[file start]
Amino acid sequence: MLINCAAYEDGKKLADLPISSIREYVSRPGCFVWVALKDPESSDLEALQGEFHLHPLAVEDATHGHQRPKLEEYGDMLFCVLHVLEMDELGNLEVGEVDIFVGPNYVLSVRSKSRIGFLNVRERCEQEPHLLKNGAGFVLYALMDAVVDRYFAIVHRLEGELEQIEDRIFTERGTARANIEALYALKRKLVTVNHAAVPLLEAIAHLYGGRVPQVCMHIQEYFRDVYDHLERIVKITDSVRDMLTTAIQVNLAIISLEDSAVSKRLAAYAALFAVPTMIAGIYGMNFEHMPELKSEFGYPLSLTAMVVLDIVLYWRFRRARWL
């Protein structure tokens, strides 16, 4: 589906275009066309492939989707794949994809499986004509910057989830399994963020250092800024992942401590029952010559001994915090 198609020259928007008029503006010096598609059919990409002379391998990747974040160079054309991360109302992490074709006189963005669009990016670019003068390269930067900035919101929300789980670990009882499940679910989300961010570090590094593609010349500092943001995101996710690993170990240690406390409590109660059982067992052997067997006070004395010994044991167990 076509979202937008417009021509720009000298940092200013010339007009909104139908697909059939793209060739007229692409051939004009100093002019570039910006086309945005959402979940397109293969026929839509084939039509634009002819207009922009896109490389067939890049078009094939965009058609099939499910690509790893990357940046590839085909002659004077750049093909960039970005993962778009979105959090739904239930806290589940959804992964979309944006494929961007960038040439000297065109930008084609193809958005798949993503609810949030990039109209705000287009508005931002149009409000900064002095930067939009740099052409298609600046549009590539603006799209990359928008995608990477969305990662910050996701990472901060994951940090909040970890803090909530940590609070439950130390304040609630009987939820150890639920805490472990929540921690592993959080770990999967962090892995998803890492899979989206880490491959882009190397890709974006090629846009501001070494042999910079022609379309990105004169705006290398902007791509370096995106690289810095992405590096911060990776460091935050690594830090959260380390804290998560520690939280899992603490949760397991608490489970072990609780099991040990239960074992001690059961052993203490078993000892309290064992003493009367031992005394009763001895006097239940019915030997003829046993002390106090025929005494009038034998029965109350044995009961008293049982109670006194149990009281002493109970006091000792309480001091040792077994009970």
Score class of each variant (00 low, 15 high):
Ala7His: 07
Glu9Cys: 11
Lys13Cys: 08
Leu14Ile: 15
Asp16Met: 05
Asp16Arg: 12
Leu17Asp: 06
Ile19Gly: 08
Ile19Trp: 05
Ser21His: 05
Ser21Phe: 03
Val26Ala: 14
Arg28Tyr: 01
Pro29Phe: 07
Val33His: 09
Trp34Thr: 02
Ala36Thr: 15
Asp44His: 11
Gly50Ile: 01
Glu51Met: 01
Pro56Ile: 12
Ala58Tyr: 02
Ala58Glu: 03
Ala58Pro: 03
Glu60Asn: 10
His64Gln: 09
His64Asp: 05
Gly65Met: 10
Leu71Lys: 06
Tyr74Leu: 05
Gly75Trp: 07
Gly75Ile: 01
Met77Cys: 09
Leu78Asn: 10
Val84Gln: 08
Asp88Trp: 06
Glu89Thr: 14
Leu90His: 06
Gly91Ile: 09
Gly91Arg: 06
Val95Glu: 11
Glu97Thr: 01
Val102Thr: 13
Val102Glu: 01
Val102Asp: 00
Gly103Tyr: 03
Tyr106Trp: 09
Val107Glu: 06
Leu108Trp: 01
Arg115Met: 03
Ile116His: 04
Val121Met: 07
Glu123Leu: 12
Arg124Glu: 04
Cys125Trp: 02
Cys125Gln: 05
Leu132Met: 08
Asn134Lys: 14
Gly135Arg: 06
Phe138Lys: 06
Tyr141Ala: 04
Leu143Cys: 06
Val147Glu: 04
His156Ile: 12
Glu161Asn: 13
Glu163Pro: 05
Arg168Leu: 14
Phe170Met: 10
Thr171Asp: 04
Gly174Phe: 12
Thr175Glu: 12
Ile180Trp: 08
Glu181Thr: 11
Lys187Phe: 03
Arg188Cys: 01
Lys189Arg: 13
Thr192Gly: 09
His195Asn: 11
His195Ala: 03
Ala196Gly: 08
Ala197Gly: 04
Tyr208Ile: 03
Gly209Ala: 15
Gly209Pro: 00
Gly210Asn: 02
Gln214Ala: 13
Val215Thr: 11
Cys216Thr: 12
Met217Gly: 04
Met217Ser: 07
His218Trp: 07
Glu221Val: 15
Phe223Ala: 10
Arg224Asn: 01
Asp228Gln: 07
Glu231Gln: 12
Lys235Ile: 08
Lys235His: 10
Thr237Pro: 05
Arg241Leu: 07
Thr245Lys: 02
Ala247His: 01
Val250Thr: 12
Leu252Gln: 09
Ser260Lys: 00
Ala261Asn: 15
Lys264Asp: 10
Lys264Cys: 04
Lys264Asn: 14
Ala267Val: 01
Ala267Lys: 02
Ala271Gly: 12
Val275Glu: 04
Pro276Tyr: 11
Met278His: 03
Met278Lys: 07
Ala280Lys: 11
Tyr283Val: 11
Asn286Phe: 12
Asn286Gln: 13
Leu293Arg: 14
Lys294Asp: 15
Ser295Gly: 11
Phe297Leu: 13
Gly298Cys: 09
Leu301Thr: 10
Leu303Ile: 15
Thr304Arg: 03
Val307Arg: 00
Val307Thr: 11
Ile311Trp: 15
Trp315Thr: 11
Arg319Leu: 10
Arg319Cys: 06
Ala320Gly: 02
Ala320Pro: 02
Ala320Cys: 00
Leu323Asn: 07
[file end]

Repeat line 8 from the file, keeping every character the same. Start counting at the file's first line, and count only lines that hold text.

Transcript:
Asp16Met: 05